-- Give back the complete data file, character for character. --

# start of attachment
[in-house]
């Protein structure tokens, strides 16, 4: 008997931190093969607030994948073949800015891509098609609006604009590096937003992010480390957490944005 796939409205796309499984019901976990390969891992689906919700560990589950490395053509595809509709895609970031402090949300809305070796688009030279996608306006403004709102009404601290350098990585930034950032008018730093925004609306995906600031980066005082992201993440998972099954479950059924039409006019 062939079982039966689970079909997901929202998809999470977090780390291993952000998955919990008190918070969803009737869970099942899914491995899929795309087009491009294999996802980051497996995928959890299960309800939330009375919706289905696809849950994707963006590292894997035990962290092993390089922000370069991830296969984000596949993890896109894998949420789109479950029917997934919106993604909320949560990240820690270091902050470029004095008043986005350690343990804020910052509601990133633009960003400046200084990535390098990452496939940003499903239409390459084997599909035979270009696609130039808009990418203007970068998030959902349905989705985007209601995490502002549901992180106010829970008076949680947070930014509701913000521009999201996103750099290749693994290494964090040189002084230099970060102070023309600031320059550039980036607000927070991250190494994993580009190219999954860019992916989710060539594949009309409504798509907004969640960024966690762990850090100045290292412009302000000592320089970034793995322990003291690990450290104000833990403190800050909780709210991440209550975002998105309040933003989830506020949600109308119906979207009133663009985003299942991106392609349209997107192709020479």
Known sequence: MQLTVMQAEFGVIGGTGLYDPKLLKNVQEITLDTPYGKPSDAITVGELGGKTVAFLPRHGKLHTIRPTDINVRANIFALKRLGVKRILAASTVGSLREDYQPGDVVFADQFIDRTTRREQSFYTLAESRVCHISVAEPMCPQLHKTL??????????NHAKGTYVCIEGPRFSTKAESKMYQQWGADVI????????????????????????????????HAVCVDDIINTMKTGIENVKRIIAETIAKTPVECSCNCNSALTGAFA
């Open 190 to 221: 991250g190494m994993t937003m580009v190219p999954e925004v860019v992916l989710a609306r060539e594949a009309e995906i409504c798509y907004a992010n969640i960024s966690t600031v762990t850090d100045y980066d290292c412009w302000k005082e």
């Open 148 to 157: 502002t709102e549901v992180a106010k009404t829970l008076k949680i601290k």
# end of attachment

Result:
[in-house]
């Protein structure tokens, strides 16, 4: 008997931190093969607030994948073949800015891509098609609006604009590096937003992010480390957490944005 796939409205796309499984019901976990390969891992689906919700560990589950490395053509595809509709895609970031402090949300809305070796688009030279996608306006403004709102009404601290350098990585930034950032008018730093925004609306995906600031980066005082992201993440998972099954479950059924039409006019 062939079982039966689970079909997901929202998809999470977090780390291993952000998955919990008190918070969803009737869970099942899914491995899929795309087009491009294999996802980051497996995928959890299960309800939330009375919706289905696809849950994707963006590292894997035990962290092993390089922000370069991830296969984000596949993890896109894998949420789109479950029917997934919106993604909320949560990240820690270091902050470029004095008043986005350690343990804020910052509601990133633009960003400046200084990535390098990452496939940003499903239409390459084997599909035979270009696609130039808009990418203007970068998030959902349905989705985007209601995490502002549901992180106010829970008076949680947070930014509701913000521009999201996103750099290749693994290494964090040189002084230099970060102070023309600031320059550039980036607000927070991250190494994993580009190219999954860019992916989710060539594949009309409504798509907004969640960024966690762990850090100045290292412009302000000592320089970034793995322990003291690990450290104000833990403190800050909780709210991440209550975002998105309040933003989830506020949600109308119906979207009133663009985003299942991106392609349209997107192709020479």
Known sequence: MQLTVMQAEFGVIGGTGLYDPKLLKNVQEITLDTPYGKPSDAITVGELGGKTVAFLPRHGKLHTIRPTDINVRANIFALKRLGVKRILAASTVGSLREDYQPGDVVFADQFIDRTTRREQSFYTLAESRVCHISVAEPMCPQLHKTL??????????NHAKGTYVCIEGPRFSTKAESKMYQQWGADVI????????????????????????????????HAVCVDDIINTMKTGIENVKRIIAETIAKTPVECSCNCNSALTGAFA
């Open 190 to 221: 991250g190494m994993t937003m580009v190219p999954e925004v860019v992916l989710a609306r060539e594949a009309e995906i409504c798509y907004a992010n969640i960024s966690t600031v762990t850090d100045y980066d290292c412009w302000k005082e």
């Open 148 to 157: 502002t709102e549901v992180a106010k009404t829970l008076k949680i601290k």